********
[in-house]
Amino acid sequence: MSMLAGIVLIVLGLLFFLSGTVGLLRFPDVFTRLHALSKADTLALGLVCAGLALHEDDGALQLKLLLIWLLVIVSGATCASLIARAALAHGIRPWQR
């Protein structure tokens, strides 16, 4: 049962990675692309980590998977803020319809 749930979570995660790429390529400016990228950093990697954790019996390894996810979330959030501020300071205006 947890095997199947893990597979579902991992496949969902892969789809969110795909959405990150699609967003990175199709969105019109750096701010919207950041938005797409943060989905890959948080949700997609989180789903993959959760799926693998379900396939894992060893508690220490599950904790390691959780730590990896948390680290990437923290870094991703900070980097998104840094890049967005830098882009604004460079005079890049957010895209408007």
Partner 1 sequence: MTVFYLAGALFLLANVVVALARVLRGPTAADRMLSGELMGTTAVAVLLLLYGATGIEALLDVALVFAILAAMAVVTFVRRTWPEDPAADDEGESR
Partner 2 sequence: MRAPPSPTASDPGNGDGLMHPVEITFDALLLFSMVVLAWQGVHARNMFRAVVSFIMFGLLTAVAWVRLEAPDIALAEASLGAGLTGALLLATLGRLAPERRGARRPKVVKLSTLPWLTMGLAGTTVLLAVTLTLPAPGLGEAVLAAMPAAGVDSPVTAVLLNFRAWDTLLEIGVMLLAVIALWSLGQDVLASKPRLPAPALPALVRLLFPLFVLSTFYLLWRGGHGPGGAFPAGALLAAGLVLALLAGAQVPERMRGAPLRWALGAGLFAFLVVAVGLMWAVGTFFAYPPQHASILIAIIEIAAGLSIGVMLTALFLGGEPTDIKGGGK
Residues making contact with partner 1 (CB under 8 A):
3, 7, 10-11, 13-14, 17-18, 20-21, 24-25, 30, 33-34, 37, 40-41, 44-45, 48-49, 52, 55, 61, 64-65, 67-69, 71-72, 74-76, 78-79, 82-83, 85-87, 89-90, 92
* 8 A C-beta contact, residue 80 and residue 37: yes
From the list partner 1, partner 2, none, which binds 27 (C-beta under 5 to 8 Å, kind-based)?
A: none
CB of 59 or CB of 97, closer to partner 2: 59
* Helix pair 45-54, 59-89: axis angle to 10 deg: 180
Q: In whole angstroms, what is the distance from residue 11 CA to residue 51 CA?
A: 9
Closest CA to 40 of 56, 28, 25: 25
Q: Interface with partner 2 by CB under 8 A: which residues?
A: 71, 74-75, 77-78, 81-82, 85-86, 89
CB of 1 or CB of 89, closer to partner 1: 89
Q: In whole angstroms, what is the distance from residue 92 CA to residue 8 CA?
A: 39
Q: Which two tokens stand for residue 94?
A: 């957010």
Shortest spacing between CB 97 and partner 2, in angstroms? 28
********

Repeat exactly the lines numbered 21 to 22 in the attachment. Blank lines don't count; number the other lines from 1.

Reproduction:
Q: Which two tokens stand for residue 94?
A: 């957010």